Comptroller General of the United States United States General Accounting Office Washington, DC 20548 May 23, 2003 The Honorable John Ensign Chairman The Honorable Daniel Akaka Ranking Minority Member Subcommittee on Readiness and Management Support Committee on Armed Services United States Senate Subject: March 19 Hearing on Sourcing and Acquisition--Questions for the Record It was a pleasure to appear before the Subcommittee on March 19, 2003, to discuss various sourcing and acquisition issues. This letter responds to your request for my views on the following questions for the record. Q. How would you assess the impact of the reductions in the defense acquisition workforce over the last decade? Between fiscal years 1990 and 2001, the Department of Defense’s (DOD) acquisition workforce was reduced significantly—by more than 50 percent. At the same time, DOD’s contracting workload increased by 12 percent. As we reported last month, governmentwide reductions in the acquisition workforce along with a number of procurement reforms—including an increased reliance on services provided by commercial firms, changes to federal acquisition processes, and the introduction or expansion of alternative contracting approaches—have placed unprecedented demands on the federal acquisition workforce.1 Underlying these challenges is DOD’s need to address serious imbalances in the skills of its remaining workforce and the potential loss of highly specialized knowledge as its procurement specialists retire. During the last decade, the Congress passed several significant pieces of acquisition reform legislation, including the Federal Acquisition Streamlining Act of 1994 and the Clinger-Cohen Act of 1996, to provide agency officials with greater flexibility and tools to acquire goods and services more efficiently. Today, contracting specialists must have a greater knowledge of market conditions, industry trends, and the technical details of the commodities and services they procure. The Department of Defense, like other federal agencies, has had difficulty adjusting to the significant changes in the federal acquisition environment—particularly in regard to improving its acquisition of services and ensuring the appropriate use of contracting techniques 1 U.S. General Accounting Office, Federal Procurement: Spending and Workforce Trends, GAO-03-443 (Washington, D.C.: Apr. 30, 2003). GAO-03-771R Sourcing and Acquisition and approaches. As a result, earlier this year we reported that DOD’s contract management remains a high-risk area, which we originally designated as such in 2 1992. While the Congress and the executive branch have looked for ways to streamline the acquisition process and generate savings, many of our recent reviews indicate that DOD has missed out on opportunities to reduce administrative burdens and enhance its acquisition outcomes. For example: • DOD contracting officials have not consistently followed established procedures for ensuring fair and reasonable prices when using the General Services Administration’s (GSA) Federal Supply Schedule to purchase services. Specifically, we reported in November 2000 that 77 percent of the orders we reviewed, valued at $60.5 million, were placed without seeking competitive quotes from multiple contractors, as required by GSA’s procedures.3 The key reason that established procedures were not followed is that many contracting officers were not even aware of GSA’s requirement to seek competitive quotes. Also, guidance for the program has not been clear. A recent proposed change to the Federal Acquisition Regulation should help make distinctions between buying services and buying products, and the proposed change should help inform contracting officers that competitive quotes should be sought when acquiring services with a statement of work. • DOD has also been challenged to implement performance-based service contracting—an approach to contracting that is intended to achieve greater cost savings and better acquisition outcomes. We reported in September 2002 that DOD, like other agencies we reviewed, had achieved mixed success in incorporating four basic performance-based attributes into its contracts.4 For example, two of the five DOD contracts that it identified as models of performance-based contracting did not clearly exhibit all four performance-based attributes. Our report also raised concern as to whether agencies have a good understanding of performance-based contracting and how to take full advantage of it. We recommended that the OFPP Administrator clarify existing guidance to ensure that performance-based contracting is appropriately used, particularly when acquiring more unique and complex services that require strong government oversight. • Several reports we have issued since 1999 have indicated that inadequate guidance and poor training played a role when DOD personnel did not use sound techniques to obtain the best prices for DOD. These situations are largely in areas where DOD cannot, or chooses not to, rely on cost-based pricing techniques for contracts awarded without competition. For example, in June 1999 we reported that in our review of 65 sole-source purchases of commercial items, contracting 2 U.S. General Accounting Office, Major Management Challenges and Program Risks: Department of Defense, GAO-03-98 (Washington, D.C.: January 2003). 3 U.S. General Accounting Office, Contract Management: Not Following Procedures Undermines Best Pricing Under GSA’s Schedule, GAO-01-125 (Washington, D.C.: Nov. 28, 2000). 4 U.S. General Accounting Office, Contract Management: Guidance Needed for Using Performance- Based Service Contracting, GAO-02-1049 (Washington, D.C.: Sept. 23, 2002). Page 2 GAO-03-771R Sourcing and Acquisition officers’ price analyses were often too limited to ensure that the prices were fair 5 and reasonable. In April 2002, we reported that DOD was waiving the requirement for contractors to submit certified cost or pricing data—a key requirement meant to ensure that the government has the data it needs to effectively negotiate with the contractor in contracts awarded without competition.6 DOD’s guidance was inadequate to help contracting officers determine whether a waiver should be granted, what type of data and analyses are acceptable, and what kind of expert assistance should be obtained. Although we have not evaluated the extent to which reductions in the size of the acquisition workforce may have contributed to these results, DOD’s Inspector General has identified a number of adverse impacts attributable to reductions in DOD’s acquisition workforce. Specifically, in February 2000, the Inspector General reported on • increased backlogs in closing out completed contracts; • increased program costs resulting from contracting for technical support versus using in-house technical support; • insufficient personnel to fill in for employees on deployments; • insufficient staff to manage requirements, reduced scrutiny and timeliness in reviewing acquisition actions, personnel retention difficulty; • increased procurement action lead time; and • lost opportunities to develop cost savings initiatives.7 The Inspector General’s report noted that while DOD had improved efficiency in contracting through acquisition reform initiatives, concern was still warranted because “staffing reductions have clearly outpaced productivity increases and the acquisition workforce’s capacity to handle its still formidable workload.” In a May 2001 report, DOD’s Inspector General concluded that the lack of planning, shortages in staffing, and the absence of senior leadership oversight contributed to poor pricing analysis and the inappropriate use of waivers in a significant number of contracts 8 reviewed. DOD is taking a number of actions to address its acquisition challenges. Most of these actions are at the early stages, however, and it is uncertain whether they can be fully and successfully implemented in the near term. Because effective acquisition management plays a key role in creating and sustaining high-performing organizations, a critical issue for DOD is whether it has today, or will have tomorrow, a workforce with the skills needed to manage DOD’s acquisitions. 5 U.S. General Accounting Office, Contract Management: DOD Pricing of Commercial Items Needs Continued Emphasis, GAO/NSIAD-99-90 (Washington, D.C.: June 24, 1999). 6 U.S. General Accounting Office, Contract Management: DOD Needs Better Guidance on Granting Waivers for Certified Cost or Pricing Data, GAO-02-502 (Washington, D.C.: Apr. 22, 2002). 7 Department of Defense, Inspector General, DOD Acquisition Workforce Reduction Trends and Impacts, Report No.D-2000-088 (Arlington, VA.: Feb. 29, 2000). 8 Office of the Inspector General, Department of Defense, Contracting Officer Determinations of Price Reasonableness When Cost or Pricing Data Were Not Obtained, Report No. D-2001-129 (Arlington, Va.: May 30, 2001). Page 3 GAO-03-771R Sourcing and Acquisition Q. Do you view the recommendations of the Commercial Activities Panel as a menu from which it is appropriate to pick and choose recommendations to implement on a piecemeal basis, or as a cohesive set of principles, which should be considered on a comprehensive basis? The 12-member Commercial Activities Panel produced two sets of recommendations for improving the way federal agencies make sourcing decisions. The first set, which the panel unanimously agreed to, consisted of a set of principles to guide sourcing policy for the federal government. The panel specifically noted that while each principle is important, no single principle stands alone and that the principles were adopted as a package. The second set of recommendations was adopted by a two- thirds supermajority of the panel. These recommendations involved use of the Federal Acquisition Regulation to conduct public-private competitions, limited changes to Circular A-76, and the promotion of high-performing organizations across the federal government. This set of recommendations was also intended to be adopted as a package, rather than on a piecemeal basis. Q. The Inspector General of the Department of Defense reported that a “consultant’s error in a public-private competition resulted in the award of an A-76 contract with potential 10-year value of $346 million to a contractor rather than to the lower in-house bid.” Does this episode reinforce the recommendation of the Commercial Activities Panel that all parties to a public-private competition, including representatives of federal employees, should have the same access to the bid protest process to challenge the way a competition has been conducted? It is quite appropriate for both sides to be able to challenge the results of public- private competitions. In fact, public employees, like private-sector vendors, have long had the right under Circular A-76 to file an appeal at their agency challenging the results of a public-private cost comparison. It is true, though, that only private-sector vendors can go on—if they lose an agency-level appeal—to file a bid protest at GAO or in court. As your question notes, the Commercial Activities Panel recommended that all parties to a public-private competition should have rights as nearly equal as possible to challenge the way the competition was conducted, including protest rights. The panel noted, however, that granting protest rights should be part of an effort to address the full range of issues related to competing for and performing government contracts. The panel also recognized that, if a decision were made to permit public-sector bid protests of the results of public-private competitions, the question of who would have representational capacity to file such a protest would have to be carefully considered. Q. Would you agree that the challenges of meeting the Administration’s goals for public-private competition, and of managing services contracts that result from such competition, are more likely to require an increase in acquisition resources than a decrease? The Administration’s goals for conducting public-private competitions could have a significant impact on the acquisition workforce in a number of ways. First, as noted by the Commercial Activities Panel, the current process for conducting these Page 4 GAO-03-771R Sourcing and Acquisition competitions is complicated, and therefore requires a skilled acquisition workforce to support the studies. Any changes to the process will require additional resources for training and perhaps additional personnel. Second, the number of positions proposed for study in the coming years is significantly higher than in the past, greatly increasing the competitive sourcing workload at many agencies. At DOD, for example, the number of positions proposed for study during the next 5 years is double what the department has been able to review over the between fiscal years 1997 and 2002. Civilian agencies, which have not conducted nearly as many public- private competitions as DOD, will face even greater challenges in building the 9 necessary infrastructure to conduct these competitions. Finally, to the extent that an increase in competitive sourcing studies results in an increase in the award of service contracts to the private sector, agencies will need to ensure that they have a sufficient acquisition workforce in numbers and abilities to administer those contracts effectively. In this regard, the private sector historically has won half the public-private competitions. ----- We are sending copies of this report to the Administrator, Office of Federal Procurement Policy; the Director, Defense Procurement and Acquisition Policy; and interested congressional committees. We will also make copies available to others upon request. In addition, this report will be available at no charge on the GAO Web site at http://www.gao.gov. If you have any questions about this letter or need additional information, please call me or Jack Brock, Managing Director, Acquisition and Sourcing Management, on (202) 512-4841. Key contributors to this letter included Vijay Barnabas, Ralph Dawn, and Karen Sloan. David M. Walker Comptroller General of the United States 9 The costs for additional training or personnel needed to conduct public-private competitions could be offset, of course, through the savings realized from conducting the competitions. 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March 19 Hearing on Sourcing and Acquisition--Questions for the Record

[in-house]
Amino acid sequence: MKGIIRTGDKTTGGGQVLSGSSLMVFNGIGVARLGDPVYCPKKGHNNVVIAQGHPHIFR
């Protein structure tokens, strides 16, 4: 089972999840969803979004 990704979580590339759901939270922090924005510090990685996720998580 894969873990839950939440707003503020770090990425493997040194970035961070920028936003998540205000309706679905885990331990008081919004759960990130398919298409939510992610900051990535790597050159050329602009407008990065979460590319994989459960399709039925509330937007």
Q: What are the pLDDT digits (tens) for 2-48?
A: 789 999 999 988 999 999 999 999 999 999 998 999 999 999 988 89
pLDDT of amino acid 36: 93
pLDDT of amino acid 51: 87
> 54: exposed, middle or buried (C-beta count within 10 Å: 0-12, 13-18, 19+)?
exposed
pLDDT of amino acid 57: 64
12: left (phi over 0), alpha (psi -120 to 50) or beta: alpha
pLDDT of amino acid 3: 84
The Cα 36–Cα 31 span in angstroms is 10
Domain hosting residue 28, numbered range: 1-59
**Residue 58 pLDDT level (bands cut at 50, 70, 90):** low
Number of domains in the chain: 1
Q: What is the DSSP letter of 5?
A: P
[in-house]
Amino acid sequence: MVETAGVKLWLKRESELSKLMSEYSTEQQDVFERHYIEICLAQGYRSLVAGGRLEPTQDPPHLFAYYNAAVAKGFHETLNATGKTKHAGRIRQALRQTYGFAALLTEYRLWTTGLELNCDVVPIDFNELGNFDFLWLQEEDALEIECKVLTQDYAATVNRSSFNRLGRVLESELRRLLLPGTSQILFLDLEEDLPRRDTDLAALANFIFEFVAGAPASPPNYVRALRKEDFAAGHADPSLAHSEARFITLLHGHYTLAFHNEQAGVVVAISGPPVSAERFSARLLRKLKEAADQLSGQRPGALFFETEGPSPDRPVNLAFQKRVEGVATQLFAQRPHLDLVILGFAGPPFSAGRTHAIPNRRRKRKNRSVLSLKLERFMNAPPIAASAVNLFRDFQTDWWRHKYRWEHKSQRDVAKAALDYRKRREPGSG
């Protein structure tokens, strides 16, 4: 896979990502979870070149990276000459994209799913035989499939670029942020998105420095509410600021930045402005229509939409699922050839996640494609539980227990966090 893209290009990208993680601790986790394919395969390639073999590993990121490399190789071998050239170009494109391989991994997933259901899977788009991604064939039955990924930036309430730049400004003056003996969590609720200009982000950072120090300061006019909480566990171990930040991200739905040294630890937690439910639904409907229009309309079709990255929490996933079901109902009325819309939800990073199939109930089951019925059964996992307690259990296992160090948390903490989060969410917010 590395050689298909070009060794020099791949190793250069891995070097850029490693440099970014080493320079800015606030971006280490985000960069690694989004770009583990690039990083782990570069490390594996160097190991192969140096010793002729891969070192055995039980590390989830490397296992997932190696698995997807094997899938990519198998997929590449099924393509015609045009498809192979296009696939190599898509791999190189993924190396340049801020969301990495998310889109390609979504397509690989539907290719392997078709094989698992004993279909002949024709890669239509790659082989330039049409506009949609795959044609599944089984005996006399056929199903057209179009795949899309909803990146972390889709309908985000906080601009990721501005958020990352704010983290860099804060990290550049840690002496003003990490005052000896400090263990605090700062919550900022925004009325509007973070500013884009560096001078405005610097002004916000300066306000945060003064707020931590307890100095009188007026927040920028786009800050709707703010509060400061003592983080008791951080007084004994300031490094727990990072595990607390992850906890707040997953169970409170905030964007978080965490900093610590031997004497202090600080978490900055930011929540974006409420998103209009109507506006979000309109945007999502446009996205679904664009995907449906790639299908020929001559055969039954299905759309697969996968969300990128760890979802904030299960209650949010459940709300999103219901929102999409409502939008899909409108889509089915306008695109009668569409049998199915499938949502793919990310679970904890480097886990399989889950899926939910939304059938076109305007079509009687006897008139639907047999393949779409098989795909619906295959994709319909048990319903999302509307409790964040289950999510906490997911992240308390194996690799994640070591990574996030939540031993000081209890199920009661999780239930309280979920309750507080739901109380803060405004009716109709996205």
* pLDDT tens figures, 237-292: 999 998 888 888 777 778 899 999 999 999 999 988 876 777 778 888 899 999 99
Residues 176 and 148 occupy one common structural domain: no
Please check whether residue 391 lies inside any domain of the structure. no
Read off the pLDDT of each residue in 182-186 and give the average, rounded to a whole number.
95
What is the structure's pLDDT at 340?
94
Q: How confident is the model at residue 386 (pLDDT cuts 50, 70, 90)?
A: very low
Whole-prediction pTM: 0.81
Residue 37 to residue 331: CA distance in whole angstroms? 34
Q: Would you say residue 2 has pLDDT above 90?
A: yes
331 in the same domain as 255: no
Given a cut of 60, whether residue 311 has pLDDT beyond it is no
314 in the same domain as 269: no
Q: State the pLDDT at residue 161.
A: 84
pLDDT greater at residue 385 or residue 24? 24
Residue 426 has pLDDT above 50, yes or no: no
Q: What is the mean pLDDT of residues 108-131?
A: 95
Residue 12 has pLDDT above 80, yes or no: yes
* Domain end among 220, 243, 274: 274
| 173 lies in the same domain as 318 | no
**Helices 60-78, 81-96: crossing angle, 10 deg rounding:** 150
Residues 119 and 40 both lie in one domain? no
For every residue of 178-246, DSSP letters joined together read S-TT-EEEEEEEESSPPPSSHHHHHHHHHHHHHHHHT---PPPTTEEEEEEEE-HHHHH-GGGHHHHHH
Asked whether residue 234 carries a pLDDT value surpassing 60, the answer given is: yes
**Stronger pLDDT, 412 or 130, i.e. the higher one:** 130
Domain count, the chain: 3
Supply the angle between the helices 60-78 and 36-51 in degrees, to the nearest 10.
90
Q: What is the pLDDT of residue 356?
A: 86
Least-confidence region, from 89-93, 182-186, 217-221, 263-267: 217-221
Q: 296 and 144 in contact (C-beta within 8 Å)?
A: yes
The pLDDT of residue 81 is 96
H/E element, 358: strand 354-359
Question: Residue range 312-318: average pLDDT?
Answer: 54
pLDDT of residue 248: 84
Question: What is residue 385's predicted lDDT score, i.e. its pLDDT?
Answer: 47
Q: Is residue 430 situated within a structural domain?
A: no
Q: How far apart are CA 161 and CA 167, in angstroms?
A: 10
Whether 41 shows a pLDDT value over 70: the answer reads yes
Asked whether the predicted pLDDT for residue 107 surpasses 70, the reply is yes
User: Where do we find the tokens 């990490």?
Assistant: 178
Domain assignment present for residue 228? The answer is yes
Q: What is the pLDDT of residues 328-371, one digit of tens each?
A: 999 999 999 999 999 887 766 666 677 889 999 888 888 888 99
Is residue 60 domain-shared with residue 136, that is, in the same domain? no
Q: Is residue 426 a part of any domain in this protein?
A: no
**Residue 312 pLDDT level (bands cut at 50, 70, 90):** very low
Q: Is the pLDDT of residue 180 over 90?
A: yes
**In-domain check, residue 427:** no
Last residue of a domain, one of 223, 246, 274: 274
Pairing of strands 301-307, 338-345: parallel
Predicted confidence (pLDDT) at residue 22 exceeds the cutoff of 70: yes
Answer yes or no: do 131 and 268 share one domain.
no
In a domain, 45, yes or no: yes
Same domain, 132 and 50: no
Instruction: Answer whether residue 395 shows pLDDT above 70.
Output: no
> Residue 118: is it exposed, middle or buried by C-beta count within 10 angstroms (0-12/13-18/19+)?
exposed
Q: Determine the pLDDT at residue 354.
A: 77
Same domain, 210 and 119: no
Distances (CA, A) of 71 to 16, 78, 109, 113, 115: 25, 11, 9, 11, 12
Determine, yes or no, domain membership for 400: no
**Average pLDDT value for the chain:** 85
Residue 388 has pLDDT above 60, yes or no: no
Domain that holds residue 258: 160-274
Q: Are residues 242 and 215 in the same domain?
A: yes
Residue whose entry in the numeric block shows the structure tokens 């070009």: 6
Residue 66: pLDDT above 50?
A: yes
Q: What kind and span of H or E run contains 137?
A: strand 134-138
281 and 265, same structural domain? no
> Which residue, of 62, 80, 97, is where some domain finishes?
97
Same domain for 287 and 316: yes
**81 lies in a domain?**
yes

Published by the Government Accountability Office on 2003-05-23.
Below is a raw (and likely hideous) rendition of the original report. (PDF)